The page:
Twenty-five years ago, Steve and Annette Economides ventured down a path that has taken them far from the social norm. They decided to buy less and live more simply.  

"Not having to constantly earn more so we can buy more, so we can have more, has allowed us to follow the passion that God has laid on our hearts," Steve says.

This couple not only lives a simple lifestyle, but they also teach it to others. From the beginning of their marriage, their thriftiness has been a mainstay of their everyday lives. With it, God has blessed them with TV appearances on major networks, a New York Times best-selling book and a loyal fan base of frugal followers. They also paid off their first mortgage in nine years and now have only five per cent left to pay on their second home.

Two plaid couches

Steve and Annette support a family of six on a yearly salary of $35,000 and have agreed to never use credit cards. When a need arises, prayer and patience determine whether the "need" is really just a "want."

"Are we going to run to the Giver of Life or run to the Giver of Credit? We choose to wait for God," Steve says.

One of Steve’s favourite stories involves two orange plaid couches that he and Annette purchased for $25 from missionaries leaving the United States. They kept those couches until God, in His perfect timing, delivered a paycheque bonus that allowed them to purchase beautiful new couches. They even got a discount.

"The neat thing about living within God’s portion is that He always meets our needs and sometimes even our wants at the right time, in unexpected ways," Steve says.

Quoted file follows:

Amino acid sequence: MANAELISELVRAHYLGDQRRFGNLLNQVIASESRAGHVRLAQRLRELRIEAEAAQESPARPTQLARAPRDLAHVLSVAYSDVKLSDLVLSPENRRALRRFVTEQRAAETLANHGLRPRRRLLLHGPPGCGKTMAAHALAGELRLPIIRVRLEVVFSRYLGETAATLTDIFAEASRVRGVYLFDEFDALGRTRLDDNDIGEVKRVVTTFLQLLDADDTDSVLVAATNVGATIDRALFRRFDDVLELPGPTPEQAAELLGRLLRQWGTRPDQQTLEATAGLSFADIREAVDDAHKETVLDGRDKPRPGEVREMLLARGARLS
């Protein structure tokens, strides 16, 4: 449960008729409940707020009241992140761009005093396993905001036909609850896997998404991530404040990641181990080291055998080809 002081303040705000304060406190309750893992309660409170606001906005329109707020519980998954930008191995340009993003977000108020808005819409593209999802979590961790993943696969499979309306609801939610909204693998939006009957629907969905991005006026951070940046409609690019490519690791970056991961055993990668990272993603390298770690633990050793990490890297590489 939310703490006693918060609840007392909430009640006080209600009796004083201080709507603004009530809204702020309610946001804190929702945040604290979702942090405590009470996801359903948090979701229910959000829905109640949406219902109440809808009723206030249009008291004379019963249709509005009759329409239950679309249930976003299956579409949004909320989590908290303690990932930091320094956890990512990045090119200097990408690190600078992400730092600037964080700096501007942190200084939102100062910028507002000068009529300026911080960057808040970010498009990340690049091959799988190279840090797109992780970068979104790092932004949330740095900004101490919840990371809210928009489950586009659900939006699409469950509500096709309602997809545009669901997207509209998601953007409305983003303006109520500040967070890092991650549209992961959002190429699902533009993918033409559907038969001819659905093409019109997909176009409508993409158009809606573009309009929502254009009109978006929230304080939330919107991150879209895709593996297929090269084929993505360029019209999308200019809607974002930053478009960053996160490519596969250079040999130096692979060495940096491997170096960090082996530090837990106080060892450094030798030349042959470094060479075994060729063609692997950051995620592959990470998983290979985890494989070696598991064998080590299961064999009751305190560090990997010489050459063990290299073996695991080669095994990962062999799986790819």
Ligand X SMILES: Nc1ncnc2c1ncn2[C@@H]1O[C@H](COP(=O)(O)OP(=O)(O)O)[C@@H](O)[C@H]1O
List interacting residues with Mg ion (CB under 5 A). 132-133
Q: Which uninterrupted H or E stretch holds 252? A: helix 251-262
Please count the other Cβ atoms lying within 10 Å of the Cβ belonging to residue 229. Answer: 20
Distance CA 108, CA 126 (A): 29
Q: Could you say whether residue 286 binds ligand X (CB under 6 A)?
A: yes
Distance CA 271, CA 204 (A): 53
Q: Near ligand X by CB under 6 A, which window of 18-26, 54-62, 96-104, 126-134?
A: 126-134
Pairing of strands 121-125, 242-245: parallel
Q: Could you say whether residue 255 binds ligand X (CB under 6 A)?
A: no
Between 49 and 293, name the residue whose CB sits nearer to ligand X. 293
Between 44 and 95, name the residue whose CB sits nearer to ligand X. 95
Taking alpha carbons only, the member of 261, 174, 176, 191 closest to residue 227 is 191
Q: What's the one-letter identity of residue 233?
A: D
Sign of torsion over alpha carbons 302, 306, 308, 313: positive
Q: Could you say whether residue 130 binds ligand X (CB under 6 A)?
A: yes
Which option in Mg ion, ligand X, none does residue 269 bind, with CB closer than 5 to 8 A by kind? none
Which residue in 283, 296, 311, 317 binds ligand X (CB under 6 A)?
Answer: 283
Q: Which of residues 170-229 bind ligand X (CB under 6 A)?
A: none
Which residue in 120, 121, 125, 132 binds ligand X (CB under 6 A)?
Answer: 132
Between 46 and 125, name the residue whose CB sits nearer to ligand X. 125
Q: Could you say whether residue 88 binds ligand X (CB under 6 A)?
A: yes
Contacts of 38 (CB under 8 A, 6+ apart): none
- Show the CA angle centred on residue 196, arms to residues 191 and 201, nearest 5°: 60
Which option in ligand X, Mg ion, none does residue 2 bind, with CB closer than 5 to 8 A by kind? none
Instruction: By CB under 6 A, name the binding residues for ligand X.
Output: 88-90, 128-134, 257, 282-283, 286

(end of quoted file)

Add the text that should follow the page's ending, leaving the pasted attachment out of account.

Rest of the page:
A converted tightwad

Tawra Kellam is another champion of frugal living. Suffering from chronic fatigue syndrome, this wife and mother of three was forced to rely on her husband’s yearly income of $22,000 to support their growing family. Frugality became a necessity.

"We lived only in houses we could afford. We drove cars that were five to 10 years old so we had to pay only around $3,000 for each of them." By living simply, the Kellams paid off $20,000 in debt and medical bills in five years. Simple living didn’t come easy. The Kellams evolved into a frugal family.

"My husband was a big spender before we married, so he had to convert [to frugality], which took three or four years," she says. "He didn’t like it at first, but now he’s almost a bigger tightwad than I am!"

Balancing act

For Michelle Silsby, changing her family’s lifestyle was simply about obeying the Lord. "God impressed on me that we needed to simplify and de-stress our lives, and we would be blessed."

Michelle and her husband lost 40 per cent of their income when they decided she should be a full-time mom and he should become their church’s media director.

"Breaking habits has been the hardest part, not the lifestyle itself. It’s fun for me because I look at it as a challenge," Michelle says.

Eating out less and discovering affordable family entertainment became high priorities, including compromises between simple living and keeping up with technology. "By the very nature of his job, Michael loves modern technology, and we try to strike a balance."

For these families, getting back to the basics granted them a level of joy and satisfaction that keeping up with the Joneses cannot match. They have learned that God’s plan for us is abundance, not want or worry. Simple living doesn’t require that we suffer with tattered clothes and worn-out furniture. It is merely being thoughtful with what we have.

© 2008 Focus on the Family. All rights reserved. International copyright secured. Used by permission.

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